The development process to make a new device compatible with the operating system consists of creating a phone-specific package using the pmbootstrap tool. For that, the use of the Linux kernel from the device's original manufacturer is often necessary. The source code of the original kernel is often made available by compliance with the requirements of the GPLv2 license, but some drivers necessary for the operation of the device may not be available, and must, therefore, be recreated.[36][20] Examples include GPU drivers such as Lima, which has a proprietary equivalent in userspace on Android that is not subject to the GPLv2 requirements.

GalleryEdit

See alsoEdit

ReferencesEdit

  1. ^ a b c d e f "Aiming for a 10 year life-cycle for smartphones". postmarketos.org.
  2. ^ a b Ward, Craig. "PostmarketOS team makes progress towards goal of 10 year smartphone lifecycle - NotebookCheck.net News". Notebookcheck.net. Retrieved 2018-01-29.
  3. ^ "v21.12 Service Pack 5". postmarketOS. postmarketOS. 2022-05-15. Retrieved 2022-05-15.
  4. ^ Staff, OSNews. "100 days of postmarketOS". www.osnews.com.
  5. ^ "PostMarketOS Saves Old Smartphones". Hackaday. 2018-01-09. Retrieved 2018-01-29.
  6. ^ DistroWatch. "DistroWatch.com: Put the fun back into computing. Use Linux, BSD". distrowatch.com.
  7. ^ "postmarketOS is #movingtogitlab". postmarketos.org.
  8. ^ "Get Plasma Mobile". plasma-mobile.org.
  9. ^ Shah, Bhushan (20 November 2017). "14:00 Plasma Mobile". Akademy 2017.
  10. ^ Verma, Adarsh (2 January 2018). "postmarketOS--A Linux Distro For Smartphones--Now runs Plasma/Lune UI/Xfce On Real Devices".
  11. ^ "600 days of postmarketOS".
  12. ^ "User talk:Docker - postmarketOS". wiki.postmarketos.org. Retrieved 2020-11-18.
  13. ^ "Linux-based postmarketOS project aims to give smartphones a 10-year lifecycle". Linux Today. 2017-08-17. Retrieved 2018-01-29.
  14. ^ a b "219 days of postmarketOS". postmarketos.org.
  15. ^ Brown, Eric (29 September 2017). "New mobile Linux contenders keep the dream alive".
  16. ^ "postmarketOS // in 2020-02". postmarketos.org. Retrieved 2020-04-07.
  17. ^ "Anbox - postmarketOS".
  18. ^ "Librem 5 Leads New Wave of Open Source Mobile Linux Contenders | Linux.com | The source for Linux information". Linux.com. 2017-09-29. Retrieved 2018-01-29.
  19. ^ "postmarketOS is a Touch-Optimized Linux Distro for Portable Devices". Xda-developers.com. 2017-09-05. Retrieved 2018-01-29.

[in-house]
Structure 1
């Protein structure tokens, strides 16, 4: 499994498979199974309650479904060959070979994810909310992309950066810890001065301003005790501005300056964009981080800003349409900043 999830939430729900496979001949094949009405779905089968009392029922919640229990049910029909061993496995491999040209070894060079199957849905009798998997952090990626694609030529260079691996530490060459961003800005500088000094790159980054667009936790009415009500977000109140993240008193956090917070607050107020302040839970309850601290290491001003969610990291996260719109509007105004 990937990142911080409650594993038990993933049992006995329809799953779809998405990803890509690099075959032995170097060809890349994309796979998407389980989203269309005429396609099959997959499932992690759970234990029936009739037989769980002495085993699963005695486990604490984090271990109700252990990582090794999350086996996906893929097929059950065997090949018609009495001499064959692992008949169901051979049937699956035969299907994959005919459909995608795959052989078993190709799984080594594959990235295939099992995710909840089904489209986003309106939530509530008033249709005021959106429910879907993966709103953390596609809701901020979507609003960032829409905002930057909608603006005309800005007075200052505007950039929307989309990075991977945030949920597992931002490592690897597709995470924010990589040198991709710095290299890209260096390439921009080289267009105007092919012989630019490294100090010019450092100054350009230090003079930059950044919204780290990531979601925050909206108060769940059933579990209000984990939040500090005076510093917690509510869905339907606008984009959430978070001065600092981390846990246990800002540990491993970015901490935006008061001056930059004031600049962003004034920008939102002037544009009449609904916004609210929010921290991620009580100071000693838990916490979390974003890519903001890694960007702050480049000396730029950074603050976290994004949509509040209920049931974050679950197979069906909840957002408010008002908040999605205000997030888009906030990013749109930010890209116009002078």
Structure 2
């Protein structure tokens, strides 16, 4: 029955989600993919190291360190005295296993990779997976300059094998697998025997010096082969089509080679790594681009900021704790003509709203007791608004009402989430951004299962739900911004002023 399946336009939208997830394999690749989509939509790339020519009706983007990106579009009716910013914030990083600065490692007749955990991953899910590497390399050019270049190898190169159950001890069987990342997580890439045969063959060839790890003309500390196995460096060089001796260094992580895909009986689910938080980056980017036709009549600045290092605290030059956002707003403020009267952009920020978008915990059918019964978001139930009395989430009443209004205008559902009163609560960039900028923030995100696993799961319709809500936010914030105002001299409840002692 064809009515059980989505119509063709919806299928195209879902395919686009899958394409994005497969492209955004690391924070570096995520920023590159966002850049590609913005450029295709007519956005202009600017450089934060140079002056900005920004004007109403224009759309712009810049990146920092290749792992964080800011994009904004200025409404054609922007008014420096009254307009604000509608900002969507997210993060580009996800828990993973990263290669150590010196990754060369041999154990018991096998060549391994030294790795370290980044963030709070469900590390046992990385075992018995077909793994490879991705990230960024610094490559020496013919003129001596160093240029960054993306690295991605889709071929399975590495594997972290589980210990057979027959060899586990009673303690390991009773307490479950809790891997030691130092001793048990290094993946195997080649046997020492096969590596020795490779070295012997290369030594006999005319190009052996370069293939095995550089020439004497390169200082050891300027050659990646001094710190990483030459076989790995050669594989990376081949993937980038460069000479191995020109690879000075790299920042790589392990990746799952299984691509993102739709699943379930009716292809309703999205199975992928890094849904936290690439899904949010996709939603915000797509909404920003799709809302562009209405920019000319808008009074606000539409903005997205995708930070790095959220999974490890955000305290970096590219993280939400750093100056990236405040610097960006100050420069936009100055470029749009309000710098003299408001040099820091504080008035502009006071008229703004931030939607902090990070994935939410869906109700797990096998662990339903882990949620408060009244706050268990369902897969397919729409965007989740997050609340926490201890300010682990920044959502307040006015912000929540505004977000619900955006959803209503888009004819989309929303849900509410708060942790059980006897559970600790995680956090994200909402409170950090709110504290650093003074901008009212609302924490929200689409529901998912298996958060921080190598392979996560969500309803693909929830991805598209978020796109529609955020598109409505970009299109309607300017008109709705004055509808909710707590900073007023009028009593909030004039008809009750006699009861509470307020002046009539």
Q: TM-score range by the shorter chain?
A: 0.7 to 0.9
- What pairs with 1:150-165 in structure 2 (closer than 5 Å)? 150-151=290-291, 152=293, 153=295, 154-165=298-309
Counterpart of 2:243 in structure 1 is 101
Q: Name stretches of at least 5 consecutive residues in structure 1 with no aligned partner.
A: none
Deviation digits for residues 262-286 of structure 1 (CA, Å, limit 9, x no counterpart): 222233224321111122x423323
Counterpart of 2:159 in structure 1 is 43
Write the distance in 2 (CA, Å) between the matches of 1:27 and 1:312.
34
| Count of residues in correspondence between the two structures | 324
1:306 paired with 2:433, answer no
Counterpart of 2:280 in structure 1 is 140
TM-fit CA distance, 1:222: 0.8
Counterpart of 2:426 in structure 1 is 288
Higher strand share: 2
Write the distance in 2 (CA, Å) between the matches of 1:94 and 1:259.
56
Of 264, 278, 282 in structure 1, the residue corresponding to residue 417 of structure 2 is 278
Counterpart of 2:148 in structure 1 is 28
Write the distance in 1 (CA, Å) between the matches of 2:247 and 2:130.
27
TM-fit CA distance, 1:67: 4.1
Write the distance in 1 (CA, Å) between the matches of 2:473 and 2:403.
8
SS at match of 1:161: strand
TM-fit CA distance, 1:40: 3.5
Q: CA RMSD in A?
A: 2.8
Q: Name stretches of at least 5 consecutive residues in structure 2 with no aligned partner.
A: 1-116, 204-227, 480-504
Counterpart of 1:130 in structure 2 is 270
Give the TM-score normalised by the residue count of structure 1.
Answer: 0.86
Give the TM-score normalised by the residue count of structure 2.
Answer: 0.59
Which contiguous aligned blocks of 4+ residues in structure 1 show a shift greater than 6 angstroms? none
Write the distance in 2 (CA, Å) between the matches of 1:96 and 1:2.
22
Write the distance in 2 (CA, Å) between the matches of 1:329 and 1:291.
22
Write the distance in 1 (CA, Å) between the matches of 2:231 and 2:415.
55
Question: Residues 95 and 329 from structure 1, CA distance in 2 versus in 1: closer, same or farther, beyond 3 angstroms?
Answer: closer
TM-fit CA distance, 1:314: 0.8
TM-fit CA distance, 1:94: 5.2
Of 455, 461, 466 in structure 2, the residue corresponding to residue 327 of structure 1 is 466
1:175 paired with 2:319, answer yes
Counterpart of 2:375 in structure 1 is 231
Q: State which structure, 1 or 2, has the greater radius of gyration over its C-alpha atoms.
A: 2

20. ^ a b Chapman, Christian (2017-08-17). "Porting PostmarketOS to the Motorola Photon Q". Public.asu.edu. Archived from the original on 2017-10-28. Retrieved 2018-01-29.
  21. ^ "pmbootstrap: Sophisticated chroot/build/flash tool to develop and install postmarketOS". postmarketOS. 2018-01-27. Retrieved 2018-01-27.
  22. ^ "Mobile - Debian Wiki". Wiki.debian.org. 2017-12-31. Retrieved 2018-01-29.
  23. ^ "SDL2 On-screen Keyboard". postmarketOS. 2017-12-31. Retrieved 2018-01-27.
  24. ^ "SDL2 charging application for the initramfs". postmarketOS. 2017-12-23. Retrieved 2018-01-27.
  25. ^ "Supported devices". 16 May 2020.
  26. ^ "postmarketOS now boots on over 200 phones and tablets". 16 May 2020.
  27. ^ "Why Mobile Linux Fails - Datamation". www.datamation.com.
  28. ^ "Weekly Linux News – January 2, 2018 Lunduke.com". Archived from the original on April 20, 2018. Retrieved January 29, 2018.
  29. ^ "Telefonni revoluce se blizi | OpenAlt 2017 - video zц║znamy a slajdy". Superlectures.com. 2017-11-05. Retrieved 2018-01-29.
  30. ^ "Devices - postmarketOS". wiki.postmarketos.org.
  31. ^ "Running postmarketOS on iPhone 7 – project-insanity.org". Retrieved 2020-04-18.
  32. ^ "postmarketOS is finally coming to wearables". TuxPhones. 3 May 2021. Retrieved 7 May 2021.
  33. ^ "PostmarketOS can run on older gadgets but with limited features". 5 January 2018.
  34. ^ "Devices - postmarketOS".
  35. ^ "Linux PinePhone 'Community Edition' with postmarketOS: All You Need to Know". 16 June 2020.
  36. ^ "Porting to a new device - postmarketOS". wiki.postmarketos.org. Retrieved 2018-01-27.

External linksEdit

  • Official website  
  • Source code on GitLab